"The thing is that the only way to know which one is faster is to implement both solutions and have benchmark code in your app that tests which one is the fastest."
I prefer to leave it to the driver:
-driver writers spend huge amounts of time optimizing it specifically for their cards
-leaving it to the driver makes your code cleaner and lets you focus in higher order algorithms (PVS, BSP, etc).
-you have to think in the future more than in the past, specially if you're begining to write your engine. T&L cards are spreading fast and as you said, HW T&L is faster than SW 99.9% of the time.

You're right of course but to benchmark the difference I need to implement my own transforms, which was what I was trying to avoid. Imagine implementing a complete pipeline up until rasterization only to find out that it would have been faster if you let the driver do it. I think I'll go with using the OpenGL transform pipeline though, I heard Quake 3 does that, so drivers should be pretty good since they're so optimised for Quake 3 benchmarks.

zed
01-19-2001, 02:01 AM
one thing thats bother me about quake3 is surely using GL_TRI_STRIP is gonna be far quicker than using what q3 does ie GL_TRIANGLES (though i grant u strips r not as flexable as tris)
so why did they use tris instead of tri_strips?
(edit)
also while im on the subject q3 does from what i understand a lot of the maths itself ie no multmatrices just loadmatrices, surely with hardware tnl its better to do the opposite! ie offload the calculations onto the gpu. ok to sum up q3 im thinking can/could be a lot quicker than it is on todays gpu's or is this a false assumption?

[This message has been edited by zed (edited 01-19-2001).]

Michael Steinberg
01-19-2001, 02:04 AM
quake 3 does not use Triangle strips???

LordKronos
01-19-2001, 02:43 AM
I think the reason Q3 uses triangles instead of tri_strips is so that it was easier for him to just batch up everything together without having to stripify it or break things up into 2 groups.

If you look at: http://www.quake3arena.com/news/glopt.html
John talks a bit about what techniques he used in q3, and he mentions there that although the triangles are in list rather than strip form, they are in an indexed form and arranged so that triangles that COULD be made into strips appear sequentially in the list. He mentions that drivers could take advantage of this if they wanted to, although I dont know that any do. This seems like an uncommon case and a lot of extra work. However, being as how everyone likes to optimize their driver's for whatever John does, it is very possible.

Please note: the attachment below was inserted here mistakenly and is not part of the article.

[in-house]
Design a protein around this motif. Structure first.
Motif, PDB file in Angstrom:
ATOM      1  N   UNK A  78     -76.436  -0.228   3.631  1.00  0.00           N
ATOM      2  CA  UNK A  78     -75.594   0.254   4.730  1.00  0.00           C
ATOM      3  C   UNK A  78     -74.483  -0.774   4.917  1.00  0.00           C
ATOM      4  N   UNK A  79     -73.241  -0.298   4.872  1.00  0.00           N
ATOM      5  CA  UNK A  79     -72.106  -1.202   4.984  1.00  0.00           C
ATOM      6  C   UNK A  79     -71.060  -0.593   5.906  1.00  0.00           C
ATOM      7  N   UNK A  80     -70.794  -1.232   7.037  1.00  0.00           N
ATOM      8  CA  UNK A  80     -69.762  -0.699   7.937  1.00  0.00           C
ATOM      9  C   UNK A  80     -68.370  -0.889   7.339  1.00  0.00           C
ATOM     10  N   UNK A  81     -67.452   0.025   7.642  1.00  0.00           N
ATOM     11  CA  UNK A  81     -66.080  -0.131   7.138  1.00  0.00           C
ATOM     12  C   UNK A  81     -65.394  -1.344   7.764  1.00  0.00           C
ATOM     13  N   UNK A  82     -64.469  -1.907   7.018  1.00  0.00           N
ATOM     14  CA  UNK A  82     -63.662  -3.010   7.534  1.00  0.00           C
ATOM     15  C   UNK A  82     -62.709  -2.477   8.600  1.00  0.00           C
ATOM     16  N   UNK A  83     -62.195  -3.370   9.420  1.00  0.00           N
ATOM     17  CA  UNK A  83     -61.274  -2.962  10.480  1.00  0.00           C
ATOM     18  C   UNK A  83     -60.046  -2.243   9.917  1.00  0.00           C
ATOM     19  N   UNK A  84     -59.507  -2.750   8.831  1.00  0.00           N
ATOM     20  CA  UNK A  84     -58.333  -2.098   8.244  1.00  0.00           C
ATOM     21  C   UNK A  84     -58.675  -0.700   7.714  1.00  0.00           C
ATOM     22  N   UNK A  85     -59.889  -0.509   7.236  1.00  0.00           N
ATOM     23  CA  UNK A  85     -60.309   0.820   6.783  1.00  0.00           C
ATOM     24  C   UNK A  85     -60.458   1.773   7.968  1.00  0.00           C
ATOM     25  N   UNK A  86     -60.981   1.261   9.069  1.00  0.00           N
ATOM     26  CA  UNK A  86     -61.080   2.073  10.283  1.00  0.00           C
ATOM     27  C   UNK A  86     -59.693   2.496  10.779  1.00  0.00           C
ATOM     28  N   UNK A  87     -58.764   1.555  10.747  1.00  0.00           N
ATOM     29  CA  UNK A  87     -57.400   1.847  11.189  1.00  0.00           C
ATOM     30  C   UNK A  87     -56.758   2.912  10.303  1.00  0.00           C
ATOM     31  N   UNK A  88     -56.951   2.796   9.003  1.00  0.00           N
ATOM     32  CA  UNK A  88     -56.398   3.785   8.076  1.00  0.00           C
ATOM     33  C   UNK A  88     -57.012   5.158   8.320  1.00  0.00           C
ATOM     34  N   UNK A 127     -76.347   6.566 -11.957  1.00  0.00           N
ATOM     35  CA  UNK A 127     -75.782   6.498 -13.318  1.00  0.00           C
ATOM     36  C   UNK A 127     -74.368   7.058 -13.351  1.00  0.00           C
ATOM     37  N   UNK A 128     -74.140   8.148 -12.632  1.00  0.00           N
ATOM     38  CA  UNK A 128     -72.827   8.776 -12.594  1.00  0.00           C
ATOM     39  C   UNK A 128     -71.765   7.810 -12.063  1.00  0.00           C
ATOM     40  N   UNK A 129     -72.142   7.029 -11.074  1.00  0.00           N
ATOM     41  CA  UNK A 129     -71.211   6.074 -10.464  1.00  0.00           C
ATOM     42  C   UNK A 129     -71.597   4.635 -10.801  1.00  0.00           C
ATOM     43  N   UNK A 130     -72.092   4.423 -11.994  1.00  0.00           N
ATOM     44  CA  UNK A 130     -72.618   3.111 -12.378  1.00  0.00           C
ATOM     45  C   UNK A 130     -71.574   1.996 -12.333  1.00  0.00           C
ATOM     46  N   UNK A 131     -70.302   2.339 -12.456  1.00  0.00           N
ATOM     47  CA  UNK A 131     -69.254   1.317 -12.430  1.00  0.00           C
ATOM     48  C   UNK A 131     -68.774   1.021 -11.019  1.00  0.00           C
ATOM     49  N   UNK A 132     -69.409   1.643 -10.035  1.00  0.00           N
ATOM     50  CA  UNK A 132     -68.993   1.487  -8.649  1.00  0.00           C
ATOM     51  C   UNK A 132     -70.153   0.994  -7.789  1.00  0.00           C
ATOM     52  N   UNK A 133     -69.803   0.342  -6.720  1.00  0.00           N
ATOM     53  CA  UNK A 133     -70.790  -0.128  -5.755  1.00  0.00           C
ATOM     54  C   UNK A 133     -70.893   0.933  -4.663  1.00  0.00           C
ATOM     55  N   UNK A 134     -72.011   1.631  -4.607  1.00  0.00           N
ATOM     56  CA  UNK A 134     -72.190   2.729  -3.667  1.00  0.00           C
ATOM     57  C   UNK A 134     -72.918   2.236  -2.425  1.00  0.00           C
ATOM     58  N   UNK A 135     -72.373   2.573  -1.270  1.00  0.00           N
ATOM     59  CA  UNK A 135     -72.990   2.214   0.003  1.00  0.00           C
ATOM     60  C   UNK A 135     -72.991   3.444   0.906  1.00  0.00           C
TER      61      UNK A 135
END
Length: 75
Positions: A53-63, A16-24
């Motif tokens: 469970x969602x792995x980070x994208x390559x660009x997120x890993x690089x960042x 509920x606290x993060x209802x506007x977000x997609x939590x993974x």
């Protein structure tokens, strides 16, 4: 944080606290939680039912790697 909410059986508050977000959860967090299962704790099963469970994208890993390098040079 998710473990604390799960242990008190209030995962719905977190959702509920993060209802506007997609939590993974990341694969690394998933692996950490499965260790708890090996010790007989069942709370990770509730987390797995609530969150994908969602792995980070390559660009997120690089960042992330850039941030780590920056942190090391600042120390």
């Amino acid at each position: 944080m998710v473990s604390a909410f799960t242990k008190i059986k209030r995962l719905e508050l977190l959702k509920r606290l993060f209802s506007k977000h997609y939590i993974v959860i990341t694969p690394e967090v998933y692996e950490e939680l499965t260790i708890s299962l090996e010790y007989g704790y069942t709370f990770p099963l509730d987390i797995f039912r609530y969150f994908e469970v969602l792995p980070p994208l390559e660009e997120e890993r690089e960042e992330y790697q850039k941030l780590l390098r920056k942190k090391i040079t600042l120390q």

How about it Matt. Any thing like this in your drivers?

coco
01-19-2001, 11:02 AM
About harsman:
"Imagine implementing a complete pipeline up until rasterization only to find out that it would have been faster if you let the driver do it."
If you do a really good job, in some cards it will be slower (specially in T&L cards), but in some older cards it will be faster, so both paths of your code get to use if you are planning in throwing your product to the masses.
Anyway, I also choose to leave it all to OpenGL, as I said before, specially because the software path will only be usable in older cards.

harsman
01-20-2001, 03:02 AM
From the Quake 3 gl optimizations doc:

"Ideally, drivers should supporting EXT_compiled_vertex_arrays, which allows us to explicitly tell you that we arenít going to change the vertex values after we have specified them, so you can batch process the entire load. There are two levels of benefit from this: shared vertexes in a single DrawElements call and shared vertexes across multiple rendering passes on the same geometry. Some drivers get the first benefit even without the compiled vertex arrays by scanning the indexes before processing the triangles, but to save the work across multiple rendering passes the extension is necessary."

So good drivers will go through the vertices before rasterizing and only transform once especially if I use EXT_CompiledVertexArrays. In that case multiple transformations won't be much of an issue, and my transformations probably won't offer a performance gain, conmsidering most drivers probably does this since it makes Quake 3 benchmarks better. As an added bonus I don't have to develop a transformation pipeline :-) Any low-level SIMD type optimizations in premium drivers (e.g. Nvidia) will make it run even faster than my own code, so I'll definetily go with gl transforms.